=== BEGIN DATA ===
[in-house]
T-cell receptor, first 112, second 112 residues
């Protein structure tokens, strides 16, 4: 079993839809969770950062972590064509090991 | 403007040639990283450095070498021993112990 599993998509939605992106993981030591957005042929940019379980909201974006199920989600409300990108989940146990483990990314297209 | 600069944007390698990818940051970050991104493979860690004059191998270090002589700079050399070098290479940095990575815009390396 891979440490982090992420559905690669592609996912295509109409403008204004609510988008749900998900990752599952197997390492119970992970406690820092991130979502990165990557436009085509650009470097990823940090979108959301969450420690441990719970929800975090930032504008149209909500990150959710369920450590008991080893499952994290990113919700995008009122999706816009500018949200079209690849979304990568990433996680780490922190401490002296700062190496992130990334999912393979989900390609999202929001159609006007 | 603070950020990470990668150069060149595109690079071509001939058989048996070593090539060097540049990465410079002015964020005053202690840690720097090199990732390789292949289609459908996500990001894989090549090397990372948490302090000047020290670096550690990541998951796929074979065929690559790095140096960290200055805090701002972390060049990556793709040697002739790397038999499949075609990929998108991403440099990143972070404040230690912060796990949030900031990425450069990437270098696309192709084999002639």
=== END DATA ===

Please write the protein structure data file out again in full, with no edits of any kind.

[in-house]
T-cell receptor, first 112, second 112 residues
């Protein structure tokens, strides 16, 4: 079993839809969770950062972590064509090991 | 403007040639990283450095070498021993112990 599993998509939605992106993981030591957005042929940019379980909201974006199920989600409300990108989940146990483990990314297209 | 600069944007390698990818940051970050991104493979860690004059191998270090002589700079050399070098290479940095990575815009390396 891979440490982090992420559905690669592609996912295509109409403008204004609510988008749900998900990752599952197997390492119970992970406690820092991130979502990165990557436009085509650009470097990823940090979108959301969450420690441990719970929800975090930032504008149209909500990150959710369920450590008991080893499952994290990113919700995008009122999706816009500018949200079209690849979304990568990433996680780490922190401490002296700062190496992130990334999912393979989900390609999202929001159609006007 | 603070950020990470990668150069060149595109690079071509001939058989048996070593090539060097540049990465410079002015964020005053202690840690720097090199990732390789292949289609459908996500990001894989090549090397990372948490302090000047020290670096550690990541998951796929074979065929690559790095140096960290200055805090701002972390060049990556793709040697002739790397038999499949075609990929998108991403440099990143972070404040230690912060796990949030900031990425450069990437270098696309192709084999002639």